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  • Ex-Officer in Philippines says he led death squad at Duterte’s behest

    At least 3,600 people, and possibly thousands more, have been killed by the police or vigilantes since Duterte became president in June
    The New York Times (US)
    Monday, February 20, 2017

    A retired police officer racked with guilt over the murders of two of his own brothers has reversed himself and confessed to leading the Philippine death squad that killed them, saying that he was acting on the direct orders of Rodrigo Duterte before he became president. The former officer, Arthur Lascañas, said at a news conference that Mr. Duterte had sponsored the killings of drug and crime suspects while he was mayor of the southern city of Davao. Mr. Lascañas has now become the second professed hit man to level such accusations against Mr. Duterte. (See also: Thousands of Filipino Catholics march against death penalty, war on drugs)

  • Trend for ‘home grown’ cannabis in Austria

    Austrian police say that growers are increasingly renting remote industrial premises or houses in order to set up indoor cannabis plantations
    The Local (Austria)
    Monday, February 20, 2017
    cannabis indoorWhen it comes to drugs, Austrians are increasingly turning to cannabis and buying from ‘home growers’ based in Austria, according to a public prosecutor. “People are not buying so many hard drugs, but are increasingly buying cannabis. What’s interesting is that fewer drugs are being imported and the cannabis is frequently grown in the country," public prosecutor Barbara Haider told the Kurier newspaper. The decline in imported cannabis may be due to the fact that the technical equipment for growing cannabis plants is easily obtainable in so-called grow or head shops and stricter border controls along the Balkans route to Austria, as a result of the refugee crisis.
  • Advocacy group calls for reform of Burma’s drug laws and policies

    The key recommendations raised by DPAG included decriminalization of drug use and of small-scale poppy farming by those with limited sources of livelihood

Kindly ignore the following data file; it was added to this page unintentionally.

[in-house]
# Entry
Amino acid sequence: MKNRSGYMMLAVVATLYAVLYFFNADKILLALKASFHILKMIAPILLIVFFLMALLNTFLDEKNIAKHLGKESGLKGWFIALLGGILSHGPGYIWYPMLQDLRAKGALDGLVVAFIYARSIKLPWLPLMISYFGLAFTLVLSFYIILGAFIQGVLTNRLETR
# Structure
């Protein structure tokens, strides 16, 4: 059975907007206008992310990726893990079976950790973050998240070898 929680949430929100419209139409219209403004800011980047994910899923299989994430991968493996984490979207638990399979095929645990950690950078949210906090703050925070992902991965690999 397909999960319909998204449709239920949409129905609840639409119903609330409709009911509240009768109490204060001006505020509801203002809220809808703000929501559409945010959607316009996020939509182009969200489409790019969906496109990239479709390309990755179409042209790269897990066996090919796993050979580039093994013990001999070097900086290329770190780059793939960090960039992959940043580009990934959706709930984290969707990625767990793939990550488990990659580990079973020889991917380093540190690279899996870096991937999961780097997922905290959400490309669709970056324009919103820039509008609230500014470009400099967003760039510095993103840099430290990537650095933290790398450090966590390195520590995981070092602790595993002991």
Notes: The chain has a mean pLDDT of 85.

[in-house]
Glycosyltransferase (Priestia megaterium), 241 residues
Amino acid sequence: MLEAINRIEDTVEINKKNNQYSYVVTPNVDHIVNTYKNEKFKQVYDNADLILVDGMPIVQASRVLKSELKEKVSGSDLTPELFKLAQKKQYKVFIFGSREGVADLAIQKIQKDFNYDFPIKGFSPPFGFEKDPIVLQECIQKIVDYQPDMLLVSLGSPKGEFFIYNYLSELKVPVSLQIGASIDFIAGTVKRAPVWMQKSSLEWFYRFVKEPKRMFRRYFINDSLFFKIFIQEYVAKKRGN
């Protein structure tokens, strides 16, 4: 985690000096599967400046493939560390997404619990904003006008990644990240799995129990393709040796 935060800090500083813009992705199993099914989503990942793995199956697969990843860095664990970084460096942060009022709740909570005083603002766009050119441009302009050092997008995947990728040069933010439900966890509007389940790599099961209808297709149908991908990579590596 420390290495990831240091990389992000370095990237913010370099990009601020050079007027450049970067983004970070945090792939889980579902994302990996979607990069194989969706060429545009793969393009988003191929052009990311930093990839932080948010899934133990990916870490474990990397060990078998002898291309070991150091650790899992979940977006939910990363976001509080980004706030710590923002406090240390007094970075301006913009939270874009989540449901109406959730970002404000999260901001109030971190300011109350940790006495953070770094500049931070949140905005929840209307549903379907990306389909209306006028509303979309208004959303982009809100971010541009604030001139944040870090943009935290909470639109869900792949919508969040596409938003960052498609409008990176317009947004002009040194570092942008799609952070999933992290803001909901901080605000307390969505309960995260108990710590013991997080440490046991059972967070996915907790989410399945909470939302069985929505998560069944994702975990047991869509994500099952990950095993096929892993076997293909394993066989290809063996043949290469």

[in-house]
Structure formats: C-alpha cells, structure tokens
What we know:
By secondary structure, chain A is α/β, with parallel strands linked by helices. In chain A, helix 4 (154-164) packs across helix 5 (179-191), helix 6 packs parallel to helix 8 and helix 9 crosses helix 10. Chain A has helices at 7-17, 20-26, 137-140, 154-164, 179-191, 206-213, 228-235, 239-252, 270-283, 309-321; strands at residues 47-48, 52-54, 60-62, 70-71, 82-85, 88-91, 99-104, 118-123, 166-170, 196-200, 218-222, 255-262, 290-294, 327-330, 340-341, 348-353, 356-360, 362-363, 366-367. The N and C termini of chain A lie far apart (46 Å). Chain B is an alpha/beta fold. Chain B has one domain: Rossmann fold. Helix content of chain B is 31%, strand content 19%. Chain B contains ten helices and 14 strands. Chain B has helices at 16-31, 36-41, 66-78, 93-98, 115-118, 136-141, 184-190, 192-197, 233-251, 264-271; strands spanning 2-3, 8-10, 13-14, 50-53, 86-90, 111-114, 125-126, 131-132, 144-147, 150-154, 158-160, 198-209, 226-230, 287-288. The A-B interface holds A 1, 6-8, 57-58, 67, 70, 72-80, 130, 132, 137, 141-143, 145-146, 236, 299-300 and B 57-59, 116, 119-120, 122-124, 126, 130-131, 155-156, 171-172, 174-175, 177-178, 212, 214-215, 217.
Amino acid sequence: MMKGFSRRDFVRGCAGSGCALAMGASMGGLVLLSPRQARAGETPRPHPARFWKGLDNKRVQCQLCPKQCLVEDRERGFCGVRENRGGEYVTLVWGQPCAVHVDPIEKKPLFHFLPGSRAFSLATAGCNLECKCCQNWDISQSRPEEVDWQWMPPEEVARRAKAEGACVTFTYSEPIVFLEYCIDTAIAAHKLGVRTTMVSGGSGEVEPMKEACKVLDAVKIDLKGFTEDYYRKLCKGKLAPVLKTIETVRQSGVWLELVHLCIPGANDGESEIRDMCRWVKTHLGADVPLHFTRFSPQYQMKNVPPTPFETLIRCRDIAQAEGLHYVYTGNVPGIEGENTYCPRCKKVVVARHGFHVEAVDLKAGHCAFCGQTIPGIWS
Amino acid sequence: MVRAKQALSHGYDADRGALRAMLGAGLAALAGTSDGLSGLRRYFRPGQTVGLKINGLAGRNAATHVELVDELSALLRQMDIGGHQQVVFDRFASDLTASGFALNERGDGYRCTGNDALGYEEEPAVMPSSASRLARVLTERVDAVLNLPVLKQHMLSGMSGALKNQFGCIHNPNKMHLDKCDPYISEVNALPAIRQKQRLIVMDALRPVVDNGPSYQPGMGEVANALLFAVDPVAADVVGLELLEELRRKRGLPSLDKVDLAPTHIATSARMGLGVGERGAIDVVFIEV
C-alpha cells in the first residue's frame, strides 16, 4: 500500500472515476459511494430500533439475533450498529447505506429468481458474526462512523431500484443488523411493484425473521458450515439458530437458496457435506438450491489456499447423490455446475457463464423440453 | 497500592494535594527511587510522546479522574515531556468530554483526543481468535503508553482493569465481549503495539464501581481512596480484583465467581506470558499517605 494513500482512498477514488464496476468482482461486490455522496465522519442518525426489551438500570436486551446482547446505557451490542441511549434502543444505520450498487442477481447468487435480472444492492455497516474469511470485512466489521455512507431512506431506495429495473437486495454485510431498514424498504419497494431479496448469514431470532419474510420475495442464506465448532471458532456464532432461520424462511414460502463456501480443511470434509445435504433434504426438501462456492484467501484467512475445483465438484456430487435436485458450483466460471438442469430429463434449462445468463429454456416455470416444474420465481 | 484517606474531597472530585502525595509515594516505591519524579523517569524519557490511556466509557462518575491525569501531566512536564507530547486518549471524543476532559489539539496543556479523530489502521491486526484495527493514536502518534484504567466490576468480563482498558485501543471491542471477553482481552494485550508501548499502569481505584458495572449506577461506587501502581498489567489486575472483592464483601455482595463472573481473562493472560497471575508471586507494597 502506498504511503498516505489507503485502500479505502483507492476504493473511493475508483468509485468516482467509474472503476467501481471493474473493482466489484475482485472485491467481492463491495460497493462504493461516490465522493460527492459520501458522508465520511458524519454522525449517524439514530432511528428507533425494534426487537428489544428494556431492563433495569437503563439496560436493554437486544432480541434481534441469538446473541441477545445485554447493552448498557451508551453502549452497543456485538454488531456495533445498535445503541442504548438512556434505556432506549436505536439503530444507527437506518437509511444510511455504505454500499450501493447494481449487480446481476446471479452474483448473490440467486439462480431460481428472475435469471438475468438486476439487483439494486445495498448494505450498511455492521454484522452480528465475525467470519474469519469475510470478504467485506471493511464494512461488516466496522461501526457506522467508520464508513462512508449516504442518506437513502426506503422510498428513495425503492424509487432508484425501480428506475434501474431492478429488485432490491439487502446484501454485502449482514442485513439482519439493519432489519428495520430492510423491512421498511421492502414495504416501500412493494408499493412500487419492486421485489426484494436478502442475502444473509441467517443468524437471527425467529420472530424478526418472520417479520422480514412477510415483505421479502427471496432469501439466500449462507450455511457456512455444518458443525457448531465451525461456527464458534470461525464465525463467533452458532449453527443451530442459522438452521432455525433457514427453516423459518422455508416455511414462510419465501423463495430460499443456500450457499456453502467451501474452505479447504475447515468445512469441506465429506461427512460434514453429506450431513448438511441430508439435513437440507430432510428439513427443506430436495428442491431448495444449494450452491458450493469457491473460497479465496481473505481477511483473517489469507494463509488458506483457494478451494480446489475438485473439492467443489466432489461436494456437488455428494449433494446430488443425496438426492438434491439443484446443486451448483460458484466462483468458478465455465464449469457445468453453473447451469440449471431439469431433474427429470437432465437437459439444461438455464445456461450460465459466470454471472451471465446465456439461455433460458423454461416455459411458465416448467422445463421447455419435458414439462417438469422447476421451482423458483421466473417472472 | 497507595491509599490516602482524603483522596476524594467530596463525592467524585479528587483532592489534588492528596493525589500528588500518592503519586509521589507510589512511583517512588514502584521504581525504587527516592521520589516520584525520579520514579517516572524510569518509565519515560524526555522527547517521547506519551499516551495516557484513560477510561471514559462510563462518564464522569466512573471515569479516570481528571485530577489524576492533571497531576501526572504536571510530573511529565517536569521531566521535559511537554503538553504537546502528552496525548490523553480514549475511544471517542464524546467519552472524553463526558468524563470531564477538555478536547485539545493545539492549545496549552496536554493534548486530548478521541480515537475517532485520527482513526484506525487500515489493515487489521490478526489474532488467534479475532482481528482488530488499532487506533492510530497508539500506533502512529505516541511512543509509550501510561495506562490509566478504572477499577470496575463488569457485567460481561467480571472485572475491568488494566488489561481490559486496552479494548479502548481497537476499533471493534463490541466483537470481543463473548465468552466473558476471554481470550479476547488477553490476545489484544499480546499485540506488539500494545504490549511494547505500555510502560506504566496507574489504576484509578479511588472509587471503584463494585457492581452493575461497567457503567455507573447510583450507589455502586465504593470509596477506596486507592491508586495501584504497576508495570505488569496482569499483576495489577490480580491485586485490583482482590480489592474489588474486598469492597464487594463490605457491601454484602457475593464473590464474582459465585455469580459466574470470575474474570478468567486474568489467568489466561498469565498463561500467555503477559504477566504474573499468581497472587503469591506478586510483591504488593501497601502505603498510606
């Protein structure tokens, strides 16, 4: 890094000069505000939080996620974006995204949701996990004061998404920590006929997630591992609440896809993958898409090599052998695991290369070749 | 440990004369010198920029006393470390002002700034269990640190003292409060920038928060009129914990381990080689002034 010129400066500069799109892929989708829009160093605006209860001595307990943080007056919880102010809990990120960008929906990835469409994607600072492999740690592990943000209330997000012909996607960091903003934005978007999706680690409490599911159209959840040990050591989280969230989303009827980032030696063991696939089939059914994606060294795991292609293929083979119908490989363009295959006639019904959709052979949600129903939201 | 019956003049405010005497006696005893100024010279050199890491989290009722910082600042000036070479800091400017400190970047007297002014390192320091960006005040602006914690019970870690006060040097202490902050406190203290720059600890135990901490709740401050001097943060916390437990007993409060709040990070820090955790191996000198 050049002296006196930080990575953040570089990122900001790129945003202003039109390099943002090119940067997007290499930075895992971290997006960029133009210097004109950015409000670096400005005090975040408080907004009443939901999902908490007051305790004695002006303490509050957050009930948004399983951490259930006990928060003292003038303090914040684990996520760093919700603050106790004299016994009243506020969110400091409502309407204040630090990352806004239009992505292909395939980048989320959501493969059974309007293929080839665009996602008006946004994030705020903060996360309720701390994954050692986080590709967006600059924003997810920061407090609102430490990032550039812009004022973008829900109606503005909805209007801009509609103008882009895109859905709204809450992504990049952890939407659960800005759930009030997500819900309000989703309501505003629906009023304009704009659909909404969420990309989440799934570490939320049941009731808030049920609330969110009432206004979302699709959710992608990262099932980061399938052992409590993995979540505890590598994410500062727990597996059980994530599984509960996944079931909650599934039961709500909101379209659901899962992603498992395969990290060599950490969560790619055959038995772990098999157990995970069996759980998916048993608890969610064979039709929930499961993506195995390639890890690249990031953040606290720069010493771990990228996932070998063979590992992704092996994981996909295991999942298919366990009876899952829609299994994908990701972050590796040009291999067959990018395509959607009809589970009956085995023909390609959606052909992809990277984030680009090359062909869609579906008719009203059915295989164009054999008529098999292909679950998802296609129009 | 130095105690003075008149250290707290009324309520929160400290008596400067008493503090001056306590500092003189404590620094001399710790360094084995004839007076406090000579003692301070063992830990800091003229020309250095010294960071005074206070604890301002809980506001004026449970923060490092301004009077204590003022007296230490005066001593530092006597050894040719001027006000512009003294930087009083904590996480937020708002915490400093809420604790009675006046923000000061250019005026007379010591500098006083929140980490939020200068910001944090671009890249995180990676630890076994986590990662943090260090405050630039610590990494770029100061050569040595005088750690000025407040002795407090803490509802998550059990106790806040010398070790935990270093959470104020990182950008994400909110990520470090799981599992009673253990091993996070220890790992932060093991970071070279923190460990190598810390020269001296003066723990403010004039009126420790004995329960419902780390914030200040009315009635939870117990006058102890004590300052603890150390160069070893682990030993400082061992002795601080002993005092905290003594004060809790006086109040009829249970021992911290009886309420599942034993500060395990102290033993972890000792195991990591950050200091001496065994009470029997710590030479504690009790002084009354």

The Irrawaddy (Myanmar)
    Friday, February 17, 2017

    The Drug Policy Advocacy Group (DPAG) has called for a reform of Burma’s drug laws, demanding new policies focusing on the rehabilitation of drug users. “The 1993 Narcotic Drugs and Psychotropic Substances Law focuses on punishment. But what then, after a drug user is given imprisonment?” asked Dr. Nang Pann Ei Kham, coordinator of DPAG, during a panel discussion in Rangoon. According to the law, anyone found guilty “shall be punished with imprisonment for a term, which may extend from a minimum of 5 years to a maximum of 10 years and may also be liable to a fine.” DPAG has been working to develop an advocacy platform for “non-punitive, evidence-based drug policy changes”. (See: 'Found in the Dark' - The Impact of Drug Law Enforcement Practices in Myanmar)

  • Brazil Supreme Court judge calls for drugs legalisation to beat gangs

    Rising fears about the violence plaguing Brazil's overcrowded prisons and city slums
    Reuters (UK)
    Saturday, February 11, 2017

    roberto barrosoA Brazilian Supreme Court justice called for the legalization of marijuana and even cocaine to undo the growing power of drug gangs behind a wave of violence that has shaken Latin America's largest country. Justice Roberto Barroso, a Yale graduate and constitutional law professor, said 50 years of war against drugs had failed miserably, clogging jails with small-time dealers and fuelling a violent gang battle for control of the lucrative trade. "Unlike the United States and Europe where the problem lies in the impact drugs have on consumers, in Brazil the problem lies in the power drug traffickers have over poor communities," Barroso said.

  • A rare survivor of a Philippine drug raid takes the police to court

    The case comes as the antidrug program has been temporarily suspended
    The New York Times (US)
    Friday, February 10, 2017

    philippines duterte delarosaAs the only known survivor of a so-called buy-bust operation, Mr. Morillo has provided a chilling first-person account that challenges the government’s assertion that the thousands of suspects killed in President Rodrigo Duterte’s antidrug campaign were killed by the police in self-defense. And his testimony lies at the heart of the first court case to challenge that campaign. According to his sworn affidavit, none of the five suspects were drug users and none were armed. (See also: Rodrigo Duterte says drug war will go on as police plan purge | Duterte targets Philippine children in bid to widen drug war)